A tale of three cities: How pollution fight unites Delhi, Beijing and Zabol
Beyond the man-made, Delhi’s pollution is also the result of a quirk of nature – something that the residents of Beijing and Zabol know a thing or two about.Updated: Nov 13, 2017, 09:16 IST
Several meteorological factors combine with man-made emissions to aggravate Delhi’s pollution problem every winter, a phenomenon that experts say is common to some of the world’s most polluted cities, Beijing in China and Zabol in Iran.
Delhi’s air quality index (AQI), which measures the concentration of poisonous particulate matter in the air, hit the “severe” level on November 7 and has stayed in this dangerous zone since then. The AQI hit a peak of 486 on November 9, and even breached the maximum reading of 500 at some monitoring stations. Anything above 100 is considered unhealthy.
Though the levels of deadly particulate matter dropped on Friday, they started shooting up again from Saturday afternoon.
The thick haze of smoke that has enveloped the national capital has been attributed primarily to burning of crop residue in Punjab and Haryana and vehicular pollution in a city of 17 million people. Experts say that dust from West Asian countries, such as Saudi Arabia, Kuwait and Iraq, has also contributed.
“The pollutants were transported to Delhi and other parts of northwest India by strong-velocity high-altitude winds coming from west Asia. These, along with pollutants from stubble burning regions of Punjab and Haryana, pushed up the pollution levels in Delhi,” said Gufran Beig, project director of the System of Air Quality And Weather Forecasting And Research (SAFAR), a government agency linked with the ministry of earth sciences.
But, beyond the man-made, Delhi’s pollution is also the result of a quirk of nature – something that the residents of Beijing and Zabol know a thing or two about.
Every year, ahead of the onset of winter, Delhi’s air quality worsens because cooler surface air traps pollutants closer to the ground. In the absence of ground winds, these pollutants from construction activities fail to disperse into the atmosphere, a phenomenon known as inversion.
When high altitude winds bring in clouds of smoke from burning stubble farms in Punjab and Haryana, the entire city is trapped in a bubble of noxious air.
“While emissions from various sources had already pushed up the national Capital’s pollution level to the ‘very poor’ category since October, unfavourable meteorological conditions aggravated the situation,” A Sudhakar, member secretary of the Central Pollution Control Board, said. “This has resulted in a drastic rise in pollution levels as the city has become like a chamber with almost no outlets.”
This is a problem that the residents of Zabol, an eastern Iranian city, face every year. During summer, dust storms rage, bringing in pollutants from neighbouring Afghanistan and Pakistan. The city can experience up to 80 dust storms in a year that bring in loads of dust from neighbouring countries. The only way to fight back is to distribute anti-pollution masks to all its residents.
Beijing also suffers from similar problems. What crop-burning is to Delhi, the so-called “industrial rust belt” is to Beijing. There are thousands of factories around the Chinese capital and in its six neighbouring provinces and regions Tianjin, Hebei, Henan, Shanxi, Shandong and Inner Mongolia.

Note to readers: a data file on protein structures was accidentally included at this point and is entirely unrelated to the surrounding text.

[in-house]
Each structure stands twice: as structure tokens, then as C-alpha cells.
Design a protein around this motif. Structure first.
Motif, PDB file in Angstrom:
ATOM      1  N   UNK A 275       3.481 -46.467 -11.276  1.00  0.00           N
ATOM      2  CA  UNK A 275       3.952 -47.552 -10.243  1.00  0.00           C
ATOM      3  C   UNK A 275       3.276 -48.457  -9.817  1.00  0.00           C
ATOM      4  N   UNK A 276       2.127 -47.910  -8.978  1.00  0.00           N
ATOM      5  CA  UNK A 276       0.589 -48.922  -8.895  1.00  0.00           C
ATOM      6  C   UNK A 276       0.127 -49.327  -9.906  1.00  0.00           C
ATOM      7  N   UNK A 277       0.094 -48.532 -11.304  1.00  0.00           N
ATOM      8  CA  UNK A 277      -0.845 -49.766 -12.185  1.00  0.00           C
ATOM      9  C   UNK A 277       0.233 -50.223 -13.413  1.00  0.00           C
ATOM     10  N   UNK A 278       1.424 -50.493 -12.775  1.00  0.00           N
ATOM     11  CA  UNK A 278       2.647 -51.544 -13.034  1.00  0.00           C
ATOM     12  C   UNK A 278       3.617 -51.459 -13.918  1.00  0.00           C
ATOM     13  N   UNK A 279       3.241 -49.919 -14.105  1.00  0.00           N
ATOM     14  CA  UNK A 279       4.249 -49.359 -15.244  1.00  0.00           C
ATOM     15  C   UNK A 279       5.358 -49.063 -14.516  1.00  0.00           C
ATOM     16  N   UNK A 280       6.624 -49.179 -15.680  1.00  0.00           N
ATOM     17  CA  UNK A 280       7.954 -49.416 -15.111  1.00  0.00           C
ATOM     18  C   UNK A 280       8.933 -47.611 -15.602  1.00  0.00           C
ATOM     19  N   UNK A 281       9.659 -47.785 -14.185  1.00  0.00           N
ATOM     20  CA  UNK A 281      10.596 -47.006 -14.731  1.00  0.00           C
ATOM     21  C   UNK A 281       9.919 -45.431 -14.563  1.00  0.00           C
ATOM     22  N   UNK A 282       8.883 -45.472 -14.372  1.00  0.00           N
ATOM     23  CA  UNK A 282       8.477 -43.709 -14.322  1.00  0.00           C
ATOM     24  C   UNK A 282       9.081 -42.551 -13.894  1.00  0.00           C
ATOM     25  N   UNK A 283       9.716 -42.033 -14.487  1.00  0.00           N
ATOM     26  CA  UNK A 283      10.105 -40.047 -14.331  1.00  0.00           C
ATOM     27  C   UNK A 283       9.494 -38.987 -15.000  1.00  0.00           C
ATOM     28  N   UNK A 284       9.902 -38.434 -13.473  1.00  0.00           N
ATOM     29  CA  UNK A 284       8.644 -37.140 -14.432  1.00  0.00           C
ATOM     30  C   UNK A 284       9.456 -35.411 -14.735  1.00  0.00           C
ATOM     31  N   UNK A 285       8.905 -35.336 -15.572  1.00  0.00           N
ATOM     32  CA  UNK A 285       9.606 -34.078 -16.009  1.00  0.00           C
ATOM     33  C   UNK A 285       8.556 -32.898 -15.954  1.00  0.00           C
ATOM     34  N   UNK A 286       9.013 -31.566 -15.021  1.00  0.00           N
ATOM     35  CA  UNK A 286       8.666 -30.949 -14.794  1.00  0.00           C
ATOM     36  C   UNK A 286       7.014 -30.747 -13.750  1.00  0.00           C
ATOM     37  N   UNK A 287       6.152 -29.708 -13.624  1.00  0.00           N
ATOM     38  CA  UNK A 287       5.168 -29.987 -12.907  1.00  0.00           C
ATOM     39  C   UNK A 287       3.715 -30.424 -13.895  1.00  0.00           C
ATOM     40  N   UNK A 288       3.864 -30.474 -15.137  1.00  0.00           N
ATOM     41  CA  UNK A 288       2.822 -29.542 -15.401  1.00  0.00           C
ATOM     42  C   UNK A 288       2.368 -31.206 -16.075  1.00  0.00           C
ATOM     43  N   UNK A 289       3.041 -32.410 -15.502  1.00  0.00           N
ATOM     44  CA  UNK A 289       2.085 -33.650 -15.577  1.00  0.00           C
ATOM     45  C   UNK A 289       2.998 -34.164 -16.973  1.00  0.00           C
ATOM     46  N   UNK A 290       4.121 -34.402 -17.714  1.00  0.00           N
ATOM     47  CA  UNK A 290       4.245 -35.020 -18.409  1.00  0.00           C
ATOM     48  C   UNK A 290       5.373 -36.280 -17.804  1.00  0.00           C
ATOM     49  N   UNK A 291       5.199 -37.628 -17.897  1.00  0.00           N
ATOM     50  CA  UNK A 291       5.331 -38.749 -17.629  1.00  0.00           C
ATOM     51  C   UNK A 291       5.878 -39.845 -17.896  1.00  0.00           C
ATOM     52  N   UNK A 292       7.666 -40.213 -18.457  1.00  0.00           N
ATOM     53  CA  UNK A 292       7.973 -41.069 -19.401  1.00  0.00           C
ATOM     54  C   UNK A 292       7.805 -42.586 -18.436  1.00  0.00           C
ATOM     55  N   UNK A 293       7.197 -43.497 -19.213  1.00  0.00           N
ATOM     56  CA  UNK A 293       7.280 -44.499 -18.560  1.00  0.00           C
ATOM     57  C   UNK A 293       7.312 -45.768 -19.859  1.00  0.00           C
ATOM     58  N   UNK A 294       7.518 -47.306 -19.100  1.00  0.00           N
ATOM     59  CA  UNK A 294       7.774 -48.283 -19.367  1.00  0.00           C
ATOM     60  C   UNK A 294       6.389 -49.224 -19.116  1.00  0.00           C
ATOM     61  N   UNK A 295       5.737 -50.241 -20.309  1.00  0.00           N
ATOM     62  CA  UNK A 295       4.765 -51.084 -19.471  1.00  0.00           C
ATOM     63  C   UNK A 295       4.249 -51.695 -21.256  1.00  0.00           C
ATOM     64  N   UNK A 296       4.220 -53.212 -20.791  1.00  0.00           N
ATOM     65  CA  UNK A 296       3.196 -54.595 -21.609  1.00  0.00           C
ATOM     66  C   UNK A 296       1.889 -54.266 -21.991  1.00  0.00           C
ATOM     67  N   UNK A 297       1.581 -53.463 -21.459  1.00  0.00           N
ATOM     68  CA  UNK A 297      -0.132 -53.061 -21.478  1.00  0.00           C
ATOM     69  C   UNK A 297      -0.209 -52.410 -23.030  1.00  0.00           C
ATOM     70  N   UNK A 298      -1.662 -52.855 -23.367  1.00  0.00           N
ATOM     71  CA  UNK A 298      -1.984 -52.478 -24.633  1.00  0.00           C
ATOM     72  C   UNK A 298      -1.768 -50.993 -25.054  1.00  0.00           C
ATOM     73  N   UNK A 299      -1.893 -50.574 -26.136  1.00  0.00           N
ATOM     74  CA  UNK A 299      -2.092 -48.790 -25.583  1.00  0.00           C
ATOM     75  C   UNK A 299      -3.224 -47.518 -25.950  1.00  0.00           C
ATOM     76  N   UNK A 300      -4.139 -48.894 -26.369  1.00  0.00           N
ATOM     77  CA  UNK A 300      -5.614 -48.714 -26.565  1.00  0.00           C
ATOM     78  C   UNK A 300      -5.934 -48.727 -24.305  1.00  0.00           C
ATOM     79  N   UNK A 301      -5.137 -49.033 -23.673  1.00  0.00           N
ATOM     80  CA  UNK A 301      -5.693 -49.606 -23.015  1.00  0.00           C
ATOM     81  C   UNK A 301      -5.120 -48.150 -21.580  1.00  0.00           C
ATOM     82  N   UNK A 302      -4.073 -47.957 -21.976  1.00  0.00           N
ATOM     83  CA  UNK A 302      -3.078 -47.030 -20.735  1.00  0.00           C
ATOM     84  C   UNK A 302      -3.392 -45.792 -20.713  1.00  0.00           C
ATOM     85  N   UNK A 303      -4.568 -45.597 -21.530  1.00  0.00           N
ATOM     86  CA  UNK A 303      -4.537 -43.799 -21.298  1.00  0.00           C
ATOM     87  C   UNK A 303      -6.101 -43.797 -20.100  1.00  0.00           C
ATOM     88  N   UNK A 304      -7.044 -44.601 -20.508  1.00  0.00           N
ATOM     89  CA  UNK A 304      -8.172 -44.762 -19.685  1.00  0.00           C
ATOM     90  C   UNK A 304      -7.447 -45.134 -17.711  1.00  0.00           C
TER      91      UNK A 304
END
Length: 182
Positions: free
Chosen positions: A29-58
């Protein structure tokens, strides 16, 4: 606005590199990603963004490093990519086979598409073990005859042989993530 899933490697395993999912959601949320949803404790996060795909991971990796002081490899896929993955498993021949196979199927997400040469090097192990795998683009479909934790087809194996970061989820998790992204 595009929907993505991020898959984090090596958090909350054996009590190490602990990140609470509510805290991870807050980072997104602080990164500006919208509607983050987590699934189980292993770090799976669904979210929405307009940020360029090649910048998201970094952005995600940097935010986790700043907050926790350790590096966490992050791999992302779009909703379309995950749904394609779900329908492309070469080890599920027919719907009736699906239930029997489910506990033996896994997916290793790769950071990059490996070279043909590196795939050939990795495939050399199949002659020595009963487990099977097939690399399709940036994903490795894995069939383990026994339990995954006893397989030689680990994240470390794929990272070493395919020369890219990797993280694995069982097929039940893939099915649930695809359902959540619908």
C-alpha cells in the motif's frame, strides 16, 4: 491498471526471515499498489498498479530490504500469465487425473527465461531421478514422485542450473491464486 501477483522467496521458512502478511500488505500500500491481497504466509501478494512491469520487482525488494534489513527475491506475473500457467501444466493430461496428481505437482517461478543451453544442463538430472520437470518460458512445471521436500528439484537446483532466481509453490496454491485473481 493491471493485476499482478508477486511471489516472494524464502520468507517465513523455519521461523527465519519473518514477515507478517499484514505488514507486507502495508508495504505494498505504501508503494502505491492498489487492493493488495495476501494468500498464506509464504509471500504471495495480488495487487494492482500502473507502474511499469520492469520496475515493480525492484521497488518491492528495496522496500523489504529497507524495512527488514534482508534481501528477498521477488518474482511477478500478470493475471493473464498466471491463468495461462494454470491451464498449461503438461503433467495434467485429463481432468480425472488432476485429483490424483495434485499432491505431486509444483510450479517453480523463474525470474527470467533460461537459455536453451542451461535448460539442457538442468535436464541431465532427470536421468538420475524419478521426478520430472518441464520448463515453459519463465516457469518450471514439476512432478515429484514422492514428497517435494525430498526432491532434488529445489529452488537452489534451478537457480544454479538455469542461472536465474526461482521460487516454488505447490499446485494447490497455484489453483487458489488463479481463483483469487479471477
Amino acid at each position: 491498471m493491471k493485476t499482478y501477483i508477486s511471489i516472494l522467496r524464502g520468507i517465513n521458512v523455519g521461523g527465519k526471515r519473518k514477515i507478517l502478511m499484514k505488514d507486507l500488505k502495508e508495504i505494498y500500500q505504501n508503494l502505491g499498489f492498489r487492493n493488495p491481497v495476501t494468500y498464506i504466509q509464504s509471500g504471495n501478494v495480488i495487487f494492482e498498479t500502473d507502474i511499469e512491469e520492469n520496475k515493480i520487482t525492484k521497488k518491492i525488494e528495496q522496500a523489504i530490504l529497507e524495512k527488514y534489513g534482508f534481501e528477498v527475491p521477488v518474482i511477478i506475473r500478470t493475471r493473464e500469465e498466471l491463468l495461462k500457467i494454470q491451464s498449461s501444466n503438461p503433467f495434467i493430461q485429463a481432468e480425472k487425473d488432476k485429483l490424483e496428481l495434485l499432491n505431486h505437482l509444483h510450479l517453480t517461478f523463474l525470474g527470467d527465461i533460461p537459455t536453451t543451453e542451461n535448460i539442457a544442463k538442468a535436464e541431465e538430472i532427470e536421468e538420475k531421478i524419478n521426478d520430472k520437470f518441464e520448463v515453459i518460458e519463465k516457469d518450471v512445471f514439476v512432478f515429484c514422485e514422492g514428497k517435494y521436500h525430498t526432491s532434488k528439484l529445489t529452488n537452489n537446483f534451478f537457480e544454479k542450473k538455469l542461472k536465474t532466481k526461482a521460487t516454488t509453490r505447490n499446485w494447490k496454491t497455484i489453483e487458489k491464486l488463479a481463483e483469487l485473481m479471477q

“Wind patterns or air mass movements are an important reason (for pollution accumulation.) The current Delhi pollution is happening because of transfer of pollution from crop burning areas. Beijing pollution is from industrial rust belt areas,” said Lauri Myllyvirta, a Beijing-based energy analyst with environmental advocacy group Greenpeace.
In 2016, the World Health Organisation named Zabol the world’s most polluted city based on the level of PM2.5 – the ultrafine particles which sticks deep inside the lungs and takes the heaviest toll on human health. While Delhi ranked 11th, Beijing ranked 57th on the list.
While crop burning and weak winds make Delhi’s air bad in the colder months, the city’s topography contributes to particulate aerosol in summers that are marked by strong winds.
“Delhi has a variety of soil. The soil has degraded in several areas because of construction and development. They become loose, and get blown by wind easily. This adds to air pollution,” said CR Babu who heads the Centre for Environmental Management of Degraded Ecosystems at University of Delhi .
In summer, dust is also brought in to Delhi by storms from the north-west. These winds, western disturbances as they are called, pick up dust in large amounts from the desert-like north-western India and even west Asian and sub-Saharan countries.
To counter pollution, China and India have various measures in place. China has introduced a four-tier colour-coded system for air pollution, with red being the most serious, followed by orange, yellow and blue.
Delhi has woken up late but now has its Graded Response Action Plan – an emergency measure based on various categories of pollution, which is being implemented for the first time.
In China, the number of heavy pollution days (when the AQI is higher than 100) has dropped from 58 days in 2013 to 39 days in 2016. In Delhi, proper implementation will be needed to reverse the trend.
But the only long-term solution, experts say, is to cut down on burning fossil fuels. In China, for example, progress on air pollution control stalled in the region after a stimulus push started by the government in early 2016, leading to a temporary increase in output and prices of steel, cement and other products from highly polluting industries.
The plan now is to gradually curb polluting industries to begin with. It’s also said to be considering curbing the use of vehicles that use fossil fuels to amplify the fight against weather conditions by controlling man-made